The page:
Combined species testing

I made some artificial files based on real data. Some files are super mixed together, other files are straight cuts.
So, an example of a very naive test file, just for the sake of interest, was when I combined two species of bacteria together at around 50% of one of their contigs. The GC Content chart then looked something like this:


Kinda out there!
Was this what I expected? Well, I did expect that there would be a noticable shift like that, but the weird thing is how the standard deviation acts. I think this is just my lack of understanding, but looking at that chart you can SEE where the huge difference lies, but since the mean is just across the middle, the standard deviation threshold only gets a bit mad when things are a fair bit above/below the mean.
This tells me that it’d be good to have another measure, to look for dramatic shifts in GC Content percentage like this. I’m not sure I have the time to do this right now though, so I’m jotting it down here as note of something to do if I get more time after the bulk of my documentation/as something I’d do as a future task.


Processing a huge file

I went to NCBI and found a large file. A file I thought my application might struggle with. It took time, but it processed! I imagine if this application were to actually be used, it should be hosted somewhere with a large amount of memory to be able to get through these sequences. Anyway, look, here’s some screenshots of what happened.

The contig itself is from:

In particular, Campylobacter coli strain CVM N287 N287_contig_8, which is 207270 characters long.
I’m still working on ‘Superframe’, but you can see how most of the GC Content percentage regions that were outside of the mean threshold are all within the ORF Locations, which is exactly what I hoped to see.

hugefileprocessedfullsequence1 hugefileprocessedfullsequence2
hugefileprocessedfullsequence3 hugefileprocessedfullsequence4

The next step is to find another few contigs, smaller in size for time sake, run them individually to see that their GC content % regions match with their ORF Locations, and then start mixing them up together where I know there should be differences in the GC Content % and see if I can view this after processing the mixed contig data.

Things, Stuff, Superframe

Started my final tech sprint last week, working towards something useful – Finishing up ORF Location viewer finally, with a lot of enhancements in where the parameters lay.
It took a lot of refactoring and more time than I expected to get that sorted, and I made various changes to design and code structure.

pushingForward1 pushingForward2 pushingForward3 pushingForward4

I’ve gotten started on the superframe now though. Don’t ask why it’s called that, it’s a WIP name, promise. In short though, it’s really just a very simple canvas displaying the overlaps/standout sections of the GC Content and ORF Locations, so a user can visually see where there might be problem areas or regular GC Content changes in their selected window size. Whether this is useful or not is another question..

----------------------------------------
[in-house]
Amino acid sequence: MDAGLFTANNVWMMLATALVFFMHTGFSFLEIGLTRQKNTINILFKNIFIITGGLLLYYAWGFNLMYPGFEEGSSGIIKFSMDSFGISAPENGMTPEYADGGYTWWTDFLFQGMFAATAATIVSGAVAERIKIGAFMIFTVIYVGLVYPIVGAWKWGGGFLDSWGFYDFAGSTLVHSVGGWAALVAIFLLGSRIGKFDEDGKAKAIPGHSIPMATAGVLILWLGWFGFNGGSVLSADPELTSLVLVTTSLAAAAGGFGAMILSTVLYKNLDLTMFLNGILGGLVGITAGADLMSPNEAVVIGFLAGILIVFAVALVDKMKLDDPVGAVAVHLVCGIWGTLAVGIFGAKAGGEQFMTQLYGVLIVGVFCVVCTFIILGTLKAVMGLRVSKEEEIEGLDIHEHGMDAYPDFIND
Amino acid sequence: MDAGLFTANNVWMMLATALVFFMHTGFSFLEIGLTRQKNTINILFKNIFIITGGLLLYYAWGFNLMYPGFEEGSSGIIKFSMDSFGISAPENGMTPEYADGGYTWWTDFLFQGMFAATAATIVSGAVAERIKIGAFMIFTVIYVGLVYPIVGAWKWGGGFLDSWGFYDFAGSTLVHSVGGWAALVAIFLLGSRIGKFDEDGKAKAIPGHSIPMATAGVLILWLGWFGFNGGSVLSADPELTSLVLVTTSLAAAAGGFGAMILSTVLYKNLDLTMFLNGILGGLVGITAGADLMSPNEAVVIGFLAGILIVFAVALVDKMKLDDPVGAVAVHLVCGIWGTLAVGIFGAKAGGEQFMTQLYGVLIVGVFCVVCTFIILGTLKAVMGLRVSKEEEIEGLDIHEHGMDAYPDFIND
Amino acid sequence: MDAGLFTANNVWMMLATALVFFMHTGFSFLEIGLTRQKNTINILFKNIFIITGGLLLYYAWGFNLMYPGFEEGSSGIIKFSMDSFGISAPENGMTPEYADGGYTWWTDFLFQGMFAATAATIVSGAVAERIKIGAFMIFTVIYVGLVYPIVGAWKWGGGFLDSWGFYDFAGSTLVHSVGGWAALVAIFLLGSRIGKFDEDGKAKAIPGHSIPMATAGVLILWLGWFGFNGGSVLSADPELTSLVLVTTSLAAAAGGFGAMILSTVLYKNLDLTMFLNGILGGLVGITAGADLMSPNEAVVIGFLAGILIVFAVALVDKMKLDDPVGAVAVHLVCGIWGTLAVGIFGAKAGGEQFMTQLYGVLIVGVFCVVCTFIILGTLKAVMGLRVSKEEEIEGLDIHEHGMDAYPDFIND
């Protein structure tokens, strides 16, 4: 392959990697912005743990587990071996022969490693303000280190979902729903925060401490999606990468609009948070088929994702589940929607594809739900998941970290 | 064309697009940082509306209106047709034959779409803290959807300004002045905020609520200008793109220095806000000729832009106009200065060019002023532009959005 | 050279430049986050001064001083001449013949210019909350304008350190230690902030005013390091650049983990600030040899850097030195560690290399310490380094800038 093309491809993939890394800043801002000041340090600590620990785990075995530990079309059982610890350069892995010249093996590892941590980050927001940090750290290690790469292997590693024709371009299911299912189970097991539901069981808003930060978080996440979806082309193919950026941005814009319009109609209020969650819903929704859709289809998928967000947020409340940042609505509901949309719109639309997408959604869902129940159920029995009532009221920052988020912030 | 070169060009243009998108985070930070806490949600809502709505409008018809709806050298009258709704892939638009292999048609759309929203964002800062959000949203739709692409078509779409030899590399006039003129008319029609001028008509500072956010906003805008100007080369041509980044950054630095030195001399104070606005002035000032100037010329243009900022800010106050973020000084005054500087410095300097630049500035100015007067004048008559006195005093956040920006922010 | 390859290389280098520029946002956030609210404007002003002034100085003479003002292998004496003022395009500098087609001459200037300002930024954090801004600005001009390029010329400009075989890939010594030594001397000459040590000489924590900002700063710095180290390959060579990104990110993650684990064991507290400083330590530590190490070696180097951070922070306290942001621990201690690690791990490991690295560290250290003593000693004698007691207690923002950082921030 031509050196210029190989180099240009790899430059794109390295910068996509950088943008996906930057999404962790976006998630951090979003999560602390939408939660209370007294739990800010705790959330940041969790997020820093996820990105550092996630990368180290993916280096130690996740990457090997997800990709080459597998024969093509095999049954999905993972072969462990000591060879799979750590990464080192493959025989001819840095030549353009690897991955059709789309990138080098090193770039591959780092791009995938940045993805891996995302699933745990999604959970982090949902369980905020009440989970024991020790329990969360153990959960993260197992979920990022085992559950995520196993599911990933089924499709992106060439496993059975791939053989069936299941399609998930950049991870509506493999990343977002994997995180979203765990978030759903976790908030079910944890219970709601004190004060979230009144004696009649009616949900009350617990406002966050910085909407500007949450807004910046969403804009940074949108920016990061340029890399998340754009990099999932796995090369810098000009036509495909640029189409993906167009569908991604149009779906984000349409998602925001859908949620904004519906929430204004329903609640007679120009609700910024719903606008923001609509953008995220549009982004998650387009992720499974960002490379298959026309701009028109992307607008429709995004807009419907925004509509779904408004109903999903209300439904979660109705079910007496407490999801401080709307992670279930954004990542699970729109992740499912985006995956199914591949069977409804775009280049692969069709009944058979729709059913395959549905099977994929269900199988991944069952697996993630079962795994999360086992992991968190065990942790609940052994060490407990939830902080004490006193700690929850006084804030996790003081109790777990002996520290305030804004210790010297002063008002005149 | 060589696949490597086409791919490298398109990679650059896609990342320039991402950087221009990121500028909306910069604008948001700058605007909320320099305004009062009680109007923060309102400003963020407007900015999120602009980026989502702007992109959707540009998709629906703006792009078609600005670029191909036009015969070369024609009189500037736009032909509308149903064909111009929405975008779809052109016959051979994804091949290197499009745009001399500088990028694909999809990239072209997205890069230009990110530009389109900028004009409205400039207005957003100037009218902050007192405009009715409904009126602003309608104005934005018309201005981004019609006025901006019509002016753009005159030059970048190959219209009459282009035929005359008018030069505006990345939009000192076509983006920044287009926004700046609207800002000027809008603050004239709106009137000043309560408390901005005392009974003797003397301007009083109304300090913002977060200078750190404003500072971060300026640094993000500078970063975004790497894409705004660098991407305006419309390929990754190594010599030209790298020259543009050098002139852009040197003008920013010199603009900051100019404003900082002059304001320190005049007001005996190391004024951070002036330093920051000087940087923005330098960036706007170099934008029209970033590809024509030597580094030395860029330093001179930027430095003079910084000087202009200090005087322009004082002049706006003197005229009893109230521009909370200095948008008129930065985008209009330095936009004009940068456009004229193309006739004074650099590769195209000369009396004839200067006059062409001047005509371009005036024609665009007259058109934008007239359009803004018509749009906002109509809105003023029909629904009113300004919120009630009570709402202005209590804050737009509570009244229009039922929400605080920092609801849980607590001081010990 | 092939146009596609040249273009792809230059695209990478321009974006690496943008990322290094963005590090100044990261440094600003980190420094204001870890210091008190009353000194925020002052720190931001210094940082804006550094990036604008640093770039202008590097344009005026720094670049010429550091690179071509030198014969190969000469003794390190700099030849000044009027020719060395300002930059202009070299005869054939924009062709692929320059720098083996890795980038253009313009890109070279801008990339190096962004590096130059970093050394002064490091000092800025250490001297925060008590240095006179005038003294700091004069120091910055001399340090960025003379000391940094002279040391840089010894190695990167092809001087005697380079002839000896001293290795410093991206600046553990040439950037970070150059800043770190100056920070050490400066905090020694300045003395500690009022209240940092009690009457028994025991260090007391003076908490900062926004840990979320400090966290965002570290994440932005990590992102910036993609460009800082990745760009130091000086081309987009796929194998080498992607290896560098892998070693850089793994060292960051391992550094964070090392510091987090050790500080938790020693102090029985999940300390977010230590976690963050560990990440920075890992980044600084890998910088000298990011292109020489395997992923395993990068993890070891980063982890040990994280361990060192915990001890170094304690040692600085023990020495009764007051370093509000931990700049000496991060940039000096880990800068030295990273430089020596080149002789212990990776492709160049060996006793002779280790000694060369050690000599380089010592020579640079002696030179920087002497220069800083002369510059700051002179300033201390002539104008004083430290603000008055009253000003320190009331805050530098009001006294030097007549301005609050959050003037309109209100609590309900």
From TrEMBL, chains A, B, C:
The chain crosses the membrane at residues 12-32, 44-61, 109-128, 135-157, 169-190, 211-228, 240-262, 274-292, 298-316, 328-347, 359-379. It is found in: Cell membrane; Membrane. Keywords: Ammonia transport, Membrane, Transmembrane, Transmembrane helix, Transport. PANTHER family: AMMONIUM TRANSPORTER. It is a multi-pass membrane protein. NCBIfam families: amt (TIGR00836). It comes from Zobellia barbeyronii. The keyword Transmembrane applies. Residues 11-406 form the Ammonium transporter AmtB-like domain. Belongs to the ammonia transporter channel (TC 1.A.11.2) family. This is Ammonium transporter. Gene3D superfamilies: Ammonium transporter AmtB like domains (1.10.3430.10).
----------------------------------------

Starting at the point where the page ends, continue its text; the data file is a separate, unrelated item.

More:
Tomorrow I’ll be talking to Amanda about it, and showing her what I’ve done, as this may be the last I touch the code once the Superframe is modified a bit more.

WIP Superframe - Very WIP...

WIP Superframe – Very WIP…

There are more ‘tech’ things to do (refactoring always, JavaDoc, double check test coverage, usability tests, additional test files), but as far as new functionality, there might not be any more. I would like to implement a quick k-mer frequency analysis section, but this depends on my feedback from Amanda tomorrow. If she says it’s okay, I may leave it until after my documentation is finished and I know if I have time. If she says I need to do much more, I’ll bring k-mer frequency analysis forward into this Sprint starting tomorrow, along with starting the documentation in the final push for hand-in.


Contig List (Thymeleaf + code restructure)

Since I want to allow a user to look at multiple contigs at once, I’ve added a page for looking at a full list of the contigs within their submission and they can further inspect each individual contig from there and return to that list later. This is held in the users session while on the page.

It took some time to get Thymeleaf configured to find the data and display it, and then more so to actually pick up the data from the particular contig I wanted to inspect. This was mainly just my lack of understanding when it comes to Thymeleaf and Spring MVC mappings, however.

Each of the pages still need cleaning up, and I want to move the parameters for inspecting each contig to the contigs list page, perhaps when a users clicks to inspect, a menu will appear asking them what parameters they want to set there. The actual inspection page needs to be continued too, as the ORF Location is still a bit unclean, and isn’t yet lined up with GC Content to be useful.

I’ve come to the conclusion that I set out to do one thing and ended up getting stuck on the smallest and easiest part of it, made it into something bigger than it needed to be and ended up missing the mark and this tool won’t actually be useful to anybody. ;_; I’ve certainly learned a lot, in new technologies, processes, what works for me and what doesn’t work, but since the deadline is approaching I’m coming to terms with the fact that I missed the mark a bit.

Anyway, below can be seen the new pages, for what little excitement there is. Again, much cleaning needed!

Submitting multiple contigs

The contigs in a list

The contig selected


Viewing stuff!

I’ve been prototyping what the ORF Location viewer should look like (stand-alone, not tying into the GC Content stuff though) and working with Canvas to get this working, and allowing a user to click on sections that are ORF Locations for the info.